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Editorial ARTICLE

Front. Cell. Infect. Microbiol., 03 April 2019 | https://doi.org/10.3389/fcimb.2019.00080

Editorial: Quorum Network (Sensing/Quenching) in Multidrug-Resistant Pathogens

  • 1Department of Microbiology and Parasitology, Faculty of Medicine, National Autonomous University of Mexico, Mexico City, Mexico
  • 2Department of Chemical Engineering, Pennsylvania State University, University Park, PA, United States
  • 3Microbiology Department, Complejo Hospitalario Universitario A Coruña, Instituto de Investigación Biomédica (INIBIC-CHUAC), Universidad de A Coruña, A Coruña, Spain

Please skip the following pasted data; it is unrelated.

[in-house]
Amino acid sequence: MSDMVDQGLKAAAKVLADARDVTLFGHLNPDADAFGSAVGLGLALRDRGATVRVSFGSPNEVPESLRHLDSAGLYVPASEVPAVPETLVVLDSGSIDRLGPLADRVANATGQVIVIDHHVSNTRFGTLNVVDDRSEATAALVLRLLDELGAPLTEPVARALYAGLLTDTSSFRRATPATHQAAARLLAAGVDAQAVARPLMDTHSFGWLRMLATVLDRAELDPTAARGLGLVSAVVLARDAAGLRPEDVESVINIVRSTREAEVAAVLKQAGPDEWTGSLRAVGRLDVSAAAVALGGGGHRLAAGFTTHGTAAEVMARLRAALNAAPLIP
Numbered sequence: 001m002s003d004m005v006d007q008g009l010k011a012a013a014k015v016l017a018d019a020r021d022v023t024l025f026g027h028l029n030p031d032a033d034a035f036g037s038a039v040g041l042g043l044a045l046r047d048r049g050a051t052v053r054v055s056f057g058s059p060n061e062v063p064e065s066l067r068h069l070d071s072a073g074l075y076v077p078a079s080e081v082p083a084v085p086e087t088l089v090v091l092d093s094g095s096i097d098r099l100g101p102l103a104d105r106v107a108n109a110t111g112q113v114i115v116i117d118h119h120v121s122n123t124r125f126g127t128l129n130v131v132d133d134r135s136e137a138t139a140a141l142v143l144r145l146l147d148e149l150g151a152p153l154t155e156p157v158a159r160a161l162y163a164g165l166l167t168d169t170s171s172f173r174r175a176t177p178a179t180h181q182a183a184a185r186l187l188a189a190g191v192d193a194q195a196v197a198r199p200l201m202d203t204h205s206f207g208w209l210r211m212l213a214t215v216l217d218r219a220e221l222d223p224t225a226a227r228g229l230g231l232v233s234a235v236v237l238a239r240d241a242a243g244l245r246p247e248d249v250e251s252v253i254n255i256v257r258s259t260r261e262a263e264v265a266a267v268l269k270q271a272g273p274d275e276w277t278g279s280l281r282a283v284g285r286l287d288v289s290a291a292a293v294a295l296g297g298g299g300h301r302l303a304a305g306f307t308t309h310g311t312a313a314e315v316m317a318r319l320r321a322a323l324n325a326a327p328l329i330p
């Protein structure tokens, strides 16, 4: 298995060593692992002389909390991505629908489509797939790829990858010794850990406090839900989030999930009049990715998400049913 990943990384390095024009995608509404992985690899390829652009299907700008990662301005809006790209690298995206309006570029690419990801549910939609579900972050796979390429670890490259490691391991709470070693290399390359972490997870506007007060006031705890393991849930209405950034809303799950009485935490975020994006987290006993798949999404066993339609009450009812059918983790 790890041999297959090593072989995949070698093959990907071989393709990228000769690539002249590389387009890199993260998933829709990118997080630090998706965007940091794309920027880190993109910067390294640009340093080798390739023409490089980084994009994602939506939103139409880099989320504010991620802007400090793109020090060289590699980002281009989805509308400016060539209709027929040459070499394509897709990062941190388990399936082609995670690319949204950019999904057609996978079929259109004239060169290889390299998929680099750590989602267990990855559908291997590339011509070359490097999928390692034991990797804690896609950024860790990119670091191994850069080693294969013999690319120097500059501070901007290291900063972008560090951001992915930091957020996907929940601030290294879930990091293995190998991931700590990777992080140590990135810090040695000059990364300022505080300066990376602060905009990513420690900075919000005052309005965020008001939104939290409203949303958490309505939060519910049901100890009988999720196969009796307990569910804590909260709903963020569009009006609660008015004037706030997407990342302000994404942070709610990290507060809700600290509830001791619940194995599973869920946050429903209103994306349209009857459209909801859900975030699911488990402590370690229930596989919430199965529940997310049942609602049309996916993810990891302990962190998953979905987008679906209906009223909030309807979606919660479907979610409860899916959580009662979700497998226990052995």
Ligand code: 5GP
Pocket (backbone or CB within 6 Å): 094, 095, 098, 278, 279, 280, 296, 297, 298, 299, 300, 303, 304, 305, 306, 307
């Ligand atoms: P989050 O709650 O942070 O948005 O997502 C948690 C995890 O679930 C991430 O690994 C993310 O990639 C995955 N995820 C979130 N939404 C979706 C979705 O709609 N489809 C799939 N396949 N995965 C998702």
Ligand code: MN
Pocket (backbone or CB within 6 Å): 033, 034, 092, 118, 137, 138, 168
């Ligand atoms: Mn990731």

In relation to the basic aspects of quorum sensing (QS) research, three works were published in this Research Topic. In the first one, Higgins et al. developed a new approach with the Pseudomona aeruginosa PAO1-N strain QS regulatory network to study the contribution of the two phenazine-1-carboxylic acid (PCA) operons involved in pyocyanin production. The data of this manuscript show the complexity of the QS cascade in P. aeruginosa controlling the production of phenazine secondary metabolites. In the second work, the authors improved the state of the art for surface-enhanced Raman scattering (SERS) spectroscopy for the detection of bioactive extracellular compounds that are involved in interspecies microbial interactions as well as involved in the relationship between the microbes and their hosts (Bodelón et al.); their approach is suitable for P. aeruginosa and other multi-resistant pathogens. Highlighting advances in nanotechnology and photonics have increased the possibility of SERS being a more robust analytical tool in the microbiology field. There are several applications of this methodology, including the detection of pathogenic bacteria, and culturing bacterial cells. Moreover, in this review, Bodelón et al. concluded this technology reveals the “hidden” chemistry of microbes which allows the early detection and diagnosis of infectious diseases (Bodelón et al.). Finally, in the third work, Pawar et al. described a theoretical network model using access to a set of small protein interactions (SPINs) together with the whole genome (GPIN) to identify in silico proteins involved in the QS in Proteus mirabilis. The authors identified new proteins involved in the QS of this pathogen PMI1345, GltB, PMI3678, and RcsC, which could be used as new targets to develop of new treatments for Proteus mirabilis.